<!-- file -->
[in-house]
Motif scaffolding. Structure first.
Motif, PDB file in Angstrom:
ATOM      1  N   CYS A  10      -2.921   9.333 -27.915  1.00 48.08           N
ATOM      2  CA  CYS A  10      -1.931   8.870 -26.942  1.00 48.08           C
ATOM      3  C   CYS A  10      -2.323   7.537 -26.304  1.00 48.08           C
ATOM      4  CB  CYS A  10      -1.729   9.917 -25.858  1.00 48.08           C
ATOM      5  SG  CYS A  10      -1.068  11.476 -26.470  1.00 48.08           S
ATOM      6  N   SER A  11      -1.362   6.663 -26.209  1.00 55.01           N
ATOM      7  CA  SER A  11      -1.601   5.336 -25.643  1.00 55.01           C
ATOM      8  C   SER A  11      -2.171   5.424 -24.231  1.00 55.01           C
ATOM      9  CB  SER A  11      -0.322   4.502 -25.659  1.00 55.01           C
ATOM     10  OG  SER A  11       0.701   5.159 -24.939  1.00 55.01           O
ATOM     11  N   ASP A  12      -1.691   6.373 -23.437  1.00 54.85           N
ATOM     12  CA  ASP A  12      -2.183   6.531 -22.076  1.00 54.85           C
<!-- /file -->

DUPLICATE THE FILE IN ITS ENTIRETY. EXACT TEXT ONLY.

[in-house]
Motif scaffolding. Structure first.
Motif, PDB file in Angstrom:
ATOM      1  N   CYS A  10      -2.921   9.333 -27.915  1.00 48.08           N
ATOM      2  CA  CYS A  10      -1.931   8.870 -26.942  1.00 48.08           C
ATOM      3  C   CYS A  10      -2.323   7.537 -26.304  1.00 48.08           C
ATOM      4  CB  CYS A  10      -1.729   9.917 -25.858  1.00 48.08           C
ATOM      5  SG  CYS A  10      -1.068  11.476 -26.470  1.00 48.08           S
ATOM      6  N   SER A  11      -1.362   6.663 -26.209  1.00 55.01           N
ATOM      7  CA  SER A  11      -1.601   5.336 -25.643  1.00 55.01           C
ATOM      8  C   SER A  11      -2.171   5.424 -24.231  1.00 55.01           C
ATOM      9  CB  SER A  11      -0.322   4.502 -25.659  1.00 55.01           C
ATOM     10  OG  SER A  11       0.701   5.159 -24.939  1.00 55.01           O
ATOM     11  N   ASP A  12      -1.691   6.373 -23.437  1.00 54.85           N
ATOM     12  CA  ASP A  12      -2.183   6.531 -22.076  1.00 54.85           C